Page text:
"En Route IR" sounds like what I was suggesting. It requires VMC for takeoff and landing, but allows for transtions to and from IR during the flight. It only requires ~15 hours of training. It seems to me something like this would be very useful for private pilots in the US and might help reduce the number of VFR into IMC accidents. I suspect many VFR pilots would take advantage of this, as I think it covers much of the way PPs actually use their instrument ratings.
Privileges ✅ of the EASA En-route Instrument rating
The privileges of the holder of an en-route instrument rating are to conduct flights by day under IFR in the en route phase of flight. The privileges of EIR may be extended to conduct IFR Night flights the en route phase of flight if the pilot holds a night rating in accordance with FCL.810. The holder of the en route instrument rating may only commence or continue a flight if the latest available meteorological information indicates that:
the weather conditions on departure are such as to enable the segment of the flight from take-off to a planned VFR-to-IFR transition to be conducted in compliance with VFR; and
at the estimated time of arrival at the planned destination aerodrome, the weather conditions will be such as to enable the segment of the flight from an IFR-to-VFR transition to landing to be conducted in compliance with VFR.
Since the privileges of the enroute instrument rating are only to be exercised in the en route phase of flight, iaw AMC1 FCL.825(a) holder of an EIR should:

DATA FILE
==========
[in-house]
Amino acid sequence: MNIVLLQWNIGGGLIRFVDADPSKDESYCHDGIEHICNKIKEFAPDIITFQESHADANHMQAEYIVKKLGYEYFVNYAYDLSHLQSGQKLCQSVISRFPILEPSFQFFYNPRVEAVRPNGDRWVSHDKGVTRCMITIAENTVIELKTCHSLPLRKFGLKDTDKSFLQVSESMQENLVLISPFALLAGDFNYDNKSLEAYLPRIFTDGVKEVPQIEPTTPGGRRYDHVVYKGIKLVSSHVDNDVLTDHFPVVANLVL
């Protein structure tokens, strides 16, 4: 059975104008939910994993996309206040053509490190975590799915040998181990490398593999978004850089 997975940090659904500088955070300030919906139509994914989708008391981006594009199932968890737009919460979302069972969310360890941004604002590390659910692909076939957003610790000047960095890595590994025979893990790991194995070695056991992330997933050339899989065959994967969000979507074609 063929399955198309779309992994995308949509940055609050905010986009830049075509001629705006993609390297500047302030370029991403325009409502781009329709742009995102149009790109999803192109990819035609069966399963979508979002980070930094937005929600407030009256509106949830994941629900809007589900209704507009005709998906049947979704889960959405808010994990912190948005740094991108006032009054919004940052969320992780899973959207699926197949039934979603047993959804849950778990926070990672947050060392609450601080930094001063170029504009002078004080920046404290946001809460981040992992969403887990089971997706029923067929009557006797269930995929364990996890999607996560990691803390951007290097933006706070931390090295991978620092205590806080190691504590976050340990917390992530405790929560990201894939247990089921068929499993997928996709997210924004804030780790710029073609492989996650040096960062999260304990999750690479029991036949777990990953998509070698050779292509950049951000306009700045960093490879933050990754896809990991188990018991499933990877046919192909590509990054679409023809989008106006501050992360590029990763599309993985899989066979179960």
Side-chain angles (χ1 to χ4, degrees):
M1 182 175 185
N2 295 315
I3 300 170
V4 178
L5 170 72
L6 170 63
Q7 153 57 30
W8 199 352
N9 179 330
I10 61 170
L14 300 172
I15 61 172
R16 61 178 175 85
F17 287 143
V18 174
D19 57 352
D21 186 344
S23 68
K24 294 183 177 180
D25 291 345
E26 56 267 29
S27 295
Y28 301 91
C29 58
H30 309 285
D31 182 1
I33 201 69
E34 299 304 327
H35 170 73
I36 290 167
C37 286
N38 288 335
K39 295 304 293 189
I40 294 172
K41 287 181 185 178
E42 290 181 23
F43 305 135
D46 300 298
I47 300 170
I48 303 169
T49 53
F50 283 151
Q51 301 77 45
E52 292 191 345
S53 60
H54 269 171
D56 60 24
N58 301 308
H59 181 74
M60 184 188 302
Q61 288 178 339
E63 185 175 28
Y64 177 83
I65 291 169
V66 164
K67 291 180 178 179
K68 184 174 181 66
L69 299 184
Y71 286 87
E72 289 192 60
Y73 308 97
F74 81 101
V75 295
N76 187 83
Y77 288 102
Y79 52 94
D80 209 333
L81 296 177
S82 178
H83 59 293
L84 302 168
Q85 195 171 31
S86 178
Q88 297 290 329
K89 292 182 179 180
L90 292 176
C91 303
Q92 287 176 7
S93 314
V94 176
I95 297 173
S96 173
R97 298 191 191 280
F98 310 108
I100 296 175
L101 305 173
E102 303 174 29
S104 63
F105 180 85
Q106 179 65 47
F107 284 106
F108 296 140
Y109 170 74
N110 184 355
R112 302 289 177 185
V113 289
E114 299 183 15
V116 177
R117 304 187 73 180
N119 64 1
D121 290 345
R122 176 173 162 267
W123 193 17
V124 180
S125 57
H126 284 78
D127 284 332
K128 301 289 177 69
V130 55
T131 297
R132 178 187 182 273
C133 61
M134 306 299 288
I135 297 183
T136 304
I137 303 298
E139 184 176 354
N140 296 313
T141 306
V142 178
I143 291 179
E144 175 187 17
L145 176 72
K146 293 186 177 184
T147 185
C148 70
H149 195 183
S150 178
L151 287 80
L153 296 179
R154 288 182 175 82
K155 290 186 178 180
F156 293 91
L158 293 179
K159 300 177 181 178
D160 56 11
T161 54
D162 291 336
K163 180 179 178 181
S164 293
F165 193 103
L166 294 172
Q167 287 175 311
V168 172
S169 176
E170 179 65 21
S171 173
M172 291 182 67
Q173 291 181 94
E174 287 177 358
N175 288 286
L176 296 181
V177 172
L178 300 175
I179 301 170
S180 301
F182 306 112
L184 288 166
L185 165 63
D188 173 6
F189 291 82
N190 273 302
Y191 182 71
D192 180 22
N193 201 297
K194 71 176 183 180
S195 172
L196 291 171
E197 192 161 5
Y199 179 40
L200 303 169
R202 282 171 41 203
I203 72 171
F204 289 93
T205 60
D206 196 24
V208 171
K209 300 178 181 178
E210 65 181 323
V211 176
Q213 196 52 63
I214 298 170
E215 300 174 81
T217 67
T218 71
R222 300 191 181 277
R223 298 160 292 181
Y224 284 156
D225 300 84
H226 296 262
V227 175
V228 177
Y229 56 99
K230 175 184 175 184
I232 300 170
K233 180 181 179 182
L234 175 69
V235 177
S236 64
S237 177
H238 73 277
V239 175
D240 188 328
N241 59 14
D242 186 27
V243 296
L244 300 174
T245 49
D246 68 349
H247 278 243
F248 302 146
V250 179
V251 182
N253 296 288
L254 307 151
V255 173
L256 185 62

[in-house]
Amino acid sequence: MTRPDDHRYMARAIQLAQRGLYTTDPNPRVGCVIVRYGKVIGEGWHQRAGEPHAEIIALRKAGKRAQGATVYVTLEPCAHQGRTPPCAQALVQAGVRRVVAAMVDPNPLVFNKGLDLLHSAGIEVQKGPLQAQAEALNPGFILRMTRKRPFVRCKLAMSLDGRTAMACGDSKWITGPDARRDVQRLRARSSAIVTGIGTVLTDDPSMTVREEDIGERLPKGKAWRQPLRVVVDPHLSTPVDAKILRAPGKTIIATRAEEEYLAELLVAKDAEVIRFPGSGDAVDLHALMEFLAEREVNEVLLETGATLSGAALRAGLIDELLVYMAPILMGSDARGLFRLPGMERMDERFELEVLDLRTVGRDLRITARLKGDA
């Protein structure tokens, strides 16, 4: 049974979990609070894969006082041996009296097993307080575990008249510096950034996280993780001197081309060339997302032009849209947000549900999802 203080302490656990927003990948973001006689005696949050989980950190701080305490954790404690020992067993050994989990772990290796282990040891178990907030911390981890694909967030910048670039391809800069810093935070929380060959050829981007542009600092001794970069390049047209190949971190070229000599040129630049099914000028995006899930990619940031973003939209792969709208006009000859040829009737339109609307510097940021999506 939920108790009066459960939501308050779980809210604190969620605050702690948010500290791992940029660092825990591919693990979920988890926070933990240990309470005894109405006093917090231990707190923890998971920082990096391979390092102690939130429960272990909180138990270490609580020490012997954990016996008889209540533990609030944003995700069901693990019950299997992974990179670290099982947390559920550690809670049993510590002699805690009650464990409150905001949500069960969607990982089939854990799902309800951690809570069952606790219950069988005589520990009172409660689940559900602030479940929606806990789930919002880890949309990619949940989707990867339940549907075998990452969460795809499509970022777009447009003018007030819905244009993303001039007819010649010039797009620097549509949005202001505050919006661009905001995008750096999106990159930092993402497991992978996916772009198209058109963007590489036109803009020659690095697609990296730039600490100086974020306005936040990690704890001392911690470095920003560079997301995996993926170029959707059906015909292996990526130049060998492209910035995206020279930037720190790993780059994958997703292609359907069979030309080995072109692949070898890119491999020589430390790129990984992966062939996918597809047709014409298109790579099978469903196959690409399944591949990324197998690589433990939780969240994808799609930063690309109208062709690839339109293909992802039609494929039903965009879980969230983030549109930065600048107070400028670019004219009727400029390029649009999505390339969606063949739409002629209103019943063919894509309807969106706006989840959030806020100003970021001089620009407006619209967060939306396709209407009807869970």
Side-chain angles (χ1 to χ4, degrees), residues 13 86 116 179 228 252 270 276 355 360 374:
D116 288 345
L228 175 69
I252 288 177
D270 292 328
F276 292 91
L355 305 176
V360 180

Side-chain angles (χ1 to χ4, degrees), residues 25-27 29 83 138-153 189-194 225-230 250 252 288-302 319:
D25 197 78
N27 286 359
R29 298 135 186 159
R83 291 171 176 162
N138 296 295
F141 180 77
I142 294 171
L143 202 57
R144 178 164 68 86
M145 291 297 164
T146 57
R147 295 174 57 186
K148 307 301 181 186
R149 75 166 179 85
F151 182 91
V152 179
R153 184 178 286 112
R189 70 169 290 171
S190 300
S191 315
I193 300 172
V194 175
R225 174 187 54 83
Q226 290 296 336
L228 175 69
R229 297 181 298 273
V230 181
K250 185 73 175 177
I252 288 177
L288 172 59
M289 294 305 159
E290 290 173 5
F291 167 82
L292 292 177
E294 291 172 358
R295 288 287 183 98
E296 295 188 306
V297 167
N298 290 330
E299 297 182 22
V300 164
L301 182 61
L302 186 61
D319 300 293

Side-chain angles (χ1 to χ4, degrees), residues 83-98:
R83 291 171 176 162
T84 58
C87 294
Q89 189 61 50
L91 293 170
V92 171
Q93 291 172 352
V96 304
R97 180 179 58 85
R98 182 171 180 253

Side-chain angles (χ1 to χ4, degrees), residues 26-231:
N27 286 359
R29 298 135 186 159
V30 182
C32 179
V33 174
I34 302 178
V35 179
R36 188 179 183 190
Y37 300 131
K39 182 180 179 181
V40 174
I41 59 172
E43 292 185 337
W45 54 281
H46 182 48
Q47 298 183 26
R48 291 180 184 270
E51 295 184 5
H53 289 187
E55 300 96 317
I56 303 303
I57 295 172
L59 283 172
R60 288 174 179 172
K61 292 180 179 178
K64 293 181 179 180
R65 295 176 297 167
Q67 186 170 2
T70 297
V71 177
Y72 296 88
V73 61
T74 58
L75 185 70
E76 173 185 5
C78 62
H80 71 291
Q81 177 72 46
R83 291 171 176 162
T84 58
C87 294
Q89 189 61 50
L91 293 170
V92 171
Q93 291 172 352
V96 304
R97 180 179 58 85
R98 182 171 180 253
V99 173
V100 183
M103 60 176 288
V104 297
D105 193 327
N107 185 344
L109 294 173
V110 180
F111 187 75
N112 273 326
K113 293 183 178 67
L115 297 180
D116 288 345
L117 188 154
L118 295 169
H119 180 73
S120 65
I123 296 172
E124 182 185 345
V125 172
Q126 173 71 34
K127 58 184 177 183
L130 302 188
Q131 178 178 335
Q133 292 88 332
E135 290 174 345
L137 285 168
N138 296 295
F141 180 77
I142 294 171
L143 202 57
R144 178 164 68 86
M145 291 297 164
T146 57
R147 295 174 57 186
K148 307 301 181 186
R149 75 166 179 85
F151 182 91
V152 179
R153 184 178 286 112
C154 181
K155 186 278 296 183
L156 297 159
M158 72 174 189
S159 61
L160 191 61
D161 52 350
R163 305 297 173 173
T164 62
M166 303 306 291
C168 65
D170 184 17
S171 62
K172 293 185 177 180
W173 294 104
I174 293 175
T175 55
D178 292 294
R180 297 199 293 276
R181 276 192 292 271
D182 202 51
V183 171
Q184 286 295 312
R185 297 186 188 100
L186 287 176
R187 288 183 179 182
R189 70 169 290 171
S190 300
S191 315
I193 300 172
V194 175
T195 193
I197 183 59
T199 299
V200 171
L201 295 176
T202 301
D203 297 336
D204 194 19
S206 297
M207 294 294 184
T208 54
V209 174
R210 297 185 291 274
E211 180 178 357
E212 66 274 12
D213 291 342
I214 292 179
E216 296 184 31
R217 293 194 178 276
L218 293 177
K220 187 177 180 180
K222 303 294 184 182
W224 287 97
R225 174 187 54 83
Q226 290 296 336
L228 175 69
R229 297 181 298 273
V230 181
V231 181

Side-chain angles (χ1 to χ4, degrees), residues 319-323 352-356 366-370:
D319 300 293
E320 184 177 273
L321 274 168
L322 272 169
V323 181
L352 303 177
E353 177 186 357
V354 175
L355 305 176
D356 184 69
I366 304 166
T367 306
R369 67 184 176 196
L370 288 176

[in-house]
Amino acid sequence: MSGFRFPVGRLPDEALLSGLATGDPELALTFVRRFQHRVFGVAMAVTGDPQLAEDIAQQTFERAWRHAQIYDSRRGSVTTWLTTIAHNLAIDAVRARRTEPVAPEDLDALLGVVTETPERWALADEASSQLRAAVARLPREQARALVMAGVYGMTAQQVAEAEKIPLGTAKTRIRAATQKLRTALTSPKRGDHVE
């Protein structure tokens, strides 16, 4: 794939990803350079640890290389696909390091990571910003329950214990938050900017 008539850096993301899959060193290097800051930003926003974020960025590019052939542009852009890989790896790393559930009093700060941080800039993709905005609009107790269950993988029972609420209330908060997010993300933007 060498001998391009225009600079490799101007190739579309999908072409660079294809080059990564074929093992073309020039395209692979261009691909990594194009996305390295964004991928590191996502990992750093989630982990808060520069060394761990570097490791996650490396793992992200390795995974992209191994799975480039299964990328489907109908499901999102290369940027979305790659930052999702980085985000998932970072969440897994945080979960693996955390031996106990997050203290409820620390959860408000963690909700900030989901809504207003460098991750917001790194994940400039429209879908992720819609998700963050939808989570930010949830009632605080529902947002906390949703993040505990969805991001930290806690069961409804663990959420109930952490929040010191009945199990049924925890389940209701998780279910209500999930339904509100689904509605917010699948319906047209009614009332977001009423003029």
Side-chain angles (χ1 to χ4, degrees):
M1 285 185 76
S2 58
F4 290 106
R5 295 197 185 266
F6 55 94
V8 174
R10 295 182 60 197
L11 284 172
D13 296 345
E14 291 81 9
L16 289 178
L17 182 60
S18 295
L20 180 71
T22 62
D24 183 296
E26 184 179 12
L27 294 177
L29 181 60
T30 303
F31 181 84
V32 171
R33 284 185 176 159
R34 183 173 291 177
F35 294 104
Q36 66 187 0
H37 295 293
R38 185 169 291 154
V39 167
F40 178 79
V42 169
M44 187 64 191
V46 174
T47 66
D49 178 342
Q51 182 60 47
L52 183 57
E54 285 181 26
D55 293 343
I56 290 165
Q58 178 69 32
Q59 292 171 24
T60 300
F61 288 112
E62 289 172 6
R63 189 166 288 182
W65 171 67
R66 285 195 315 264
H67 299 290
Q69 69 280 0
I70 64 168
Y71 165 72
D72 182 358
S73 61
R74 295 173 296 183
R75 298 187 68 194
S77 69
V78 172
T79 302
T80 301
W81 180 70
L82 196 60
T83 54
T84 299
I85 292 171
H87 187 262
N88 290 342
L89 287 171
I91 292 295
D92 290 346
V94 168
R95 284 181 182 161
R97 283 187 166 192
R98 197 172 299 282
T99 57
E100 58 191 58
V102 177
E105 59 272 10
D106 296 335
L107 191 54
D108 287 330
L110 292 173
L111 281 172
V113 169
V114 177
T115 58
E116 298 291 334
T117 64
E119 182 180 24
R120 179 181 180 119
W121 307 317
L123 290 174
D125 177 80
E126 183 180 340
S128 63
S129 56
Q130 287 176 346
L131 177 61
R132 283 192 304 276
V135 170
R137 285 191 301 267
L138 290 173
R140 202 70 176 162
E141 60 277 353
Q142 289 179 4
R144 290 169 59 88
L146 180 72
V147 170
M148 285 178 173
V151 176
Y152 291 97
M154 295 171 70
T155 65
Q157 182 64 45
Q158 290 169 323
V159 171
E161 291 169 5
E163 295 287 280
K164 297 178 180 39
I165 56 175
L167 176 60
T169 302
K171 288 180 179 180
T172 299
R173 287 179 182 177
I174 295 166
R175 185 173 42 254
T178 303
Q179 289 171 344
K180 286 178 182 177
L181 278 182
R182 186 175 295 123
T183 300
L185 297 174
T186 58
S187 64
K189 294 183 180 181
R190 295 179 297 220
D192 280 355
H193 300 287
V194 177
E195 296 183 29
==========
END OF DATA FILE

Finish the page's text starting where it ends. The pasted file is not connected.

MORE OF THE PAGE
at no time accept an IFR clearance to fly a departure, arrival or approach procedure;
notify the ATS if unable to complete a flight within the limitations of their rating.
Conditions for exercise of En-route Instrument rating
To comply with FCL.825(a)(2), the holder of an enroute instrument rating should not commence or continue a flight during which it is intended to exercise the privileges of the rating unless the appropriate weather reports or forecasts for the destination and alternate aerodrome for the period from one hour before until one hour after the planned time of arrival indicates VMC. The flight may be planned only to aerodromes for which such meteorological information is available. When filing a flight plan, the holder of an enroute instrument rating should include suitable VFR to IFR and IFR to VFR transitions. In any case, the pilot needs to apply the relevant operational rules, which ever are more limiting.
A suitable VFR to IFR transition is any navigational fix:
to which the flight can be safely conducted under VFR; and
which is acceptable to ATS if available.
A suitable IFR to VFR transition is any navigational fix
to which the flight can be safely conducted under IFR;
at which VMC conditions exist; and
from where the flight can be safely continued under VFR without having to follow instrument arrival or approach procedures.